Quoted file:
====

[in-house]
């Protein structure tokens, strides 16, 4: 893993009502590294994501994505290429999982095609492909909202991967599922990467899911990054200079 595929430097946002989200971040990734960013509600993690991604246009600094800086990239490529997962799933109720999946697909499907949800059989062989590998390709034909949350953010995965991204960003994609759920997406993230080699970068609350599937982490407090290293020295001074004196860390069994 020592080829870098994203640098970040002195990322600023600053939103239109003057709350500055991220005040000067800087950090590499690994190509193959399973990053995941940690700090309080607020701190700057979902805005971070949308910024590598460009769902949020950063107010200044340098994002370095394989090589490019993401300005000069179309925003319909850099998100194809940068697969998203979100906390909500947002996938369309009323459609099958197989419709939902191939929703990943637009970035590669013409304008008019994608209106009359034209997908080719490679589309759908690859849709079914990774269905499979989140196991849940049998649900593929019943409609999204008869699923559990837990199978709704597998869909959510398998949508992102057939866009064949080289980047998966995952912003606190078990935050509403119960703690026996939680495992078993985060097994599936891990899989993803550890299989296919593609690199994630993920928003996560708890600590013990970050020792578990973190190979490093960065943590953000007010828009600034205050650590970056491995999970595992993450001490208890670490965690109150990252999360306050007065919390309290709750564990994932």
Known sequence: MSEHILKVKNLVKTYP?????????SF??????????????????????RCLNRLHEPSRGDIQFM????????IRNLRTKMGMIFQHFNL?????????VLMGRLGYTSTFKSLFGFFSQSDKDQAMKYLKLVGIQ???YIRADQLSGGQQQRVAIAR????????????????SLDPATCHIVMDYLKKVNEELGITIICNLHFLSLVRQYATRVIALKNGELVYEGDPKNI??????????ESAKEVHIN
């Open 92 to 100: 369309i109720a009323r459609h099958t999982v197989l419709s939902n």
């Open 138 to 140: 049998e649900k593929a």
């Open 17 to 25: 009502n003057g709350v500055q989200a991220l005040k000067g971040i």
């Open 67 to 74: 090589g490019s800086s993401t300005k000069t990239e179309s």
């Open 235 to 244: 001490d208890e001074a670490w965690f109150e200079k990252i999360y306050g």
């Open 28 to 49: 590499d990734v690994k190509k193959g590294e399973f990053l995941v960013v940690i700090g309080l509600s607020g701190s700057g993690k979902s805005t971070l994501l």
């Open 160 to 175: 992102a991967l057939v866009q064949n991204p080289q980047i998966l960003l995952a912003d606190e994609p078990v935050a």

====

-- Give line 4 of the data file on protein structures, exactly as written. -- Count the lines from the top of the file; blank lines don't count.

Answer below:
């Open 92 to 100: 369309i109720a009323r459609h099958t999982v197989l419709s939902n």